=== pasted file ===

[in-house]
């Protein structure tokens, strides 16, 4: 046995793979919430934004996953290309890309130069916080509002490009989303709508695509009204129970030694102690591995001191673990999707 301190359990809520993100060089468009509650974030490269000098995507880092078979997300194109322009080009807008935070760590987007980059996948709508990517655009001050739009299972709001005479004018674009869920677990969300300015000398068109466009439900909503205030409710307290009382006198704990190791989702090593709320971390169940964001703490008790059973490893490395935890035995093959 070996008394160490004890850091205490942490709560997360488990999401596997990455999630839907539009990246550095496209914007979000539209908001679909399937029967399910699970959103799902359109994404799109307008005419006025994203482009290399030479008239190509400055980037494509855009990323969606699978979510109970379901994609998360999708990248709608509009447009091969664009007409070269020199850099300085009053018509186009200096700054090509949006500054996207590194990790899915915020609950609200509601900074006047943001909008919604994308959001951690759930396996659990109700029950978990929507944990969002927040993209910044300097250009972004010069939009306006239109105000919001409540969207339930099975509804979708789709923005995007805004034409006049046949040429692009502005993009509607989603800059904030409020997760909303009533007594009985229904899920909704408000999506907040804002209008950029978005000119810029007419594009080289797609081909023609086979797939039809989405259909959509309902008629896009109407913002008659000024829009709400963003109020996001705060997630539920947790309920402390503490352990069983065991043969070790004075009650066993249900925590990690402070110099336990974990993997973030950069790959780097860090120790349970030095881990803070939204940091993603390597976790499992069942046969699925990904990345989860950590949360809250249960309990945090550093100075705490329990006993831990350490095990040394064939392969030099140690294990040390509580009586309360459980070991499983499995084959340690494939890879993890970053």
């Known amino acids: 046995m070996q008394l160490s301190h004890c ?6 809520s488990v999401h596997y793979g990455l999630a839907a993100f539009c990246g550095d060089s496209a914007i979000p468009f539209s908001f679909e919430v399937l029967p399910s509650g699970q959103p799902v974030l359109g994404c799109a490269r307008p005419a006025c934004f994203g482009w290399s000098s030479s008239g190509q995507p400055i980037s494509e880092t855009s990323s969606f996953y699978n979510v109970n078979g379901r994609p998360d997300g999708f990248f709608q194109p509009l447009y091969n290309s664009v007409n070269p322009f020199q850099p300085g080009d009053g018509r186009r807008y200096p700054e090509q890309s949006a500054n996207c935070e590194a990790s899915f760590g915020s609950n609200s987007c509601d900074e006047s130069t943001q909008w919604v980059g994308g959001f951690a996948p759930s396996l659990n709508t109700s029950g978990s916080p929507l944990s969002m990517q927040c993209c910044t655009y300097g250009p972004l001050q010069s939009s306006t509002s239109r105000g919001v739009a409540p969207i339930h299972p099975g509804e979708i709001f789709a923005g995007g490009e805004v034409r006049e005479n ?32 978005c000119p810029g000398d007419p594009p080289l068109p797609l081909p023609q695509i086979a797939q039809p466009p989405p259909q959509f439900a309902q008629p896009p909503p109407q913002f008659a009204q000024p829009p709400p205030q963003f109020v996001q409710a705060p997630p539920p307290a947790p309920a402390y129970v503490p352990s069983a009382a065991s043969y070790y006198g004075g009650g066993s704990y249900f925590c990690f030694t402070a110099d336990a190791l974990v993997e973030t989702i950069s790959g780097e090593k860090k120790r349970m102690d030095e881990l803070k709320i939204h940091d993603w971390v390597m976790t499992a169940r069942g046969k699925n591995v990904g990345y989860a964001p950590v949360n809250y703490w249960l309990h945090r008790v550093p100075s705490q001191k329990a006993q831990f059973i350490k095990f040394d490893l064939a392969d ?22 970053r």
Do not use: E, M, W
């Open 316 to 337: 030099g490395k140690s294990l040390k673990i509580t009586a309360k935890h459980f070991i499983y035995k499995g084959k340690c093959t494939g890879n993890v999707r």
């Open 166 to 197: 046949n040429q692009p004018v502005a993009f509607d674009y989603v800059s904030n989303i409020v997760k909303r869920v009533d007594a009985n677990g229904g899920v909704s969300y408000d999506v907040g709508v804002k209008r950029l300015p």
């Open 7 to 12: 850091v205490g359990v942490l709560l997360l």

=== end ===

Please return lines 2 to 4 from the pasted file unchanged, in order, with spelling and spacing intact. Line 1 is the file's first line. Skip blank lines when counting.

């Protein structure tokens, strides 16, 4: 046995793979919430934004996953290309890309130069916080509002490009989303709508695509009204129970030694102690591995001191673990999707 301190359990809520993100060089468009509650974030490269000098995507880092078979997300194109322009080009807008935070760590987007980059996948709508990517655009001050739009299972709001005479004018674009869920677990969300300015000398068109466009439900909503205030409710307290009382006198704990190791989702090593709320971390169940964001703490008790059973490893490395935890035995093959 070996008394160490004890850091205490942490709560997360488990999401596997990455999630839907539009990246550095496209914007979000539209908001679909399937029967399910699970959103799902359109994404799109307008005419006025994203482009290399030479008239190509400055980037494509855009990323969606699978979510109970379901994609998360999708990248709608509009447009091969664009007409070269020199850099300085009053018509186009200096700054090509949006500054996207590194990790899915915020609950609200509601900074006047943001909008919604994308959001951690759930396996659990109700029950978990929507944990969002927040993209910044300097250009972004010069939009306006239109105000919001409540969207339930099975509804979708789709923005995007805004034409006049046949040429692009502005993009509607989603800059904030409020997760909303009533007594009985229904899920909704408000999506907040804002209008950029978005000119810029007419594009080289797609081909023609086979797939039809989405259909959509309902008629896009109407913002008659000024829009709400963003109020996001705060997630539920947790309920402390503490352990069983065991043969070790004075009650066993249900925590990690402070110099336990974990993997973030950069790959780097860090120790349970030095881990803070939204940091993603390597976790499992069942046969699925990904990345989860950590949360809250249960309990945090550093100075705490329990006993831990350490095990040394064939392969030099140690294990040390509580009586309360459980070991499983499995084959340690494939890879993890970053």
């Known amino acids: 046995m070996q008394l160490s301190h004890c ?6 809520s488990v999401h596997y793979g990455l999630a839907a993100f539009c990246g550095d060089s496209a914007i979000p468009f539209s908001f679909e919430v399937l029967p399910s509650g699970q959103p799902v974030l359109g994404c799109a490269r307008p005419a006025c934004f994203g482009w290399s000098s030479s008239g190509q995507p400055i980037s494509e880092t855009s990323s969606f996953y699978n979510v109970n078979g379901r994609p998360d997300g999708f990248f709608q194109p509009l447009y091969n290309s664009v007409n070269p322009f020199q850099p300085g080009d009053g018509r186009r807008y200096p700054e090509q890309s949006a500054n996207c935070e590194a990790s899915f760590g915020s609950n609200s987007c509601d900074e006047s130069t943001q909008w919604v980059g994308g959001f951690a996948p759930s396996l659990n709508t109700s029950g978990s916080p929507l944990s969002m990517q927040c993209c910044t655009y300097g250009p972004l001050q010069s939009s306006t509002s239109r105000g919001v739009a409540p969207i339930h299972p099975g509804e979708i709001f789709a923005g995007g490009e805004v034409r006049e005479n ?32 978005c000119p810029g000398d007419p594009p080289l068109p797609l081909p023609q695509i086979a797939q039809p466009p989405p259909q959509f439900a309902q008629p896009p909503p109407q913002f008659a009204q000024p829009p709400p205030q963003f109020v996001q409710a705060p997630p539920p307290a947790p309920a402390y129970v503490p352990s069983a009382a065991s043969y070790y006198g004075g009650g066993s704990y249900f925590c990690f030694t402070a110099d336990a190791l974990v993997e973030t989702i950069s790959g780097e090593k860090k120790r349970m102690d030095e881990l803070k709320i939204h940091d993603w971390v390597m976790t499992a169940r069942g046969k699925n591995v990904g990345y989860a964001p950590v949360n809250y703490w249960l309990h945090r008790v550093p100075s705490q001191k329990a006993q831990f059973i350490k095990f040394d490893l064939a392969d ?22 970053r």
Do not use: E, M, W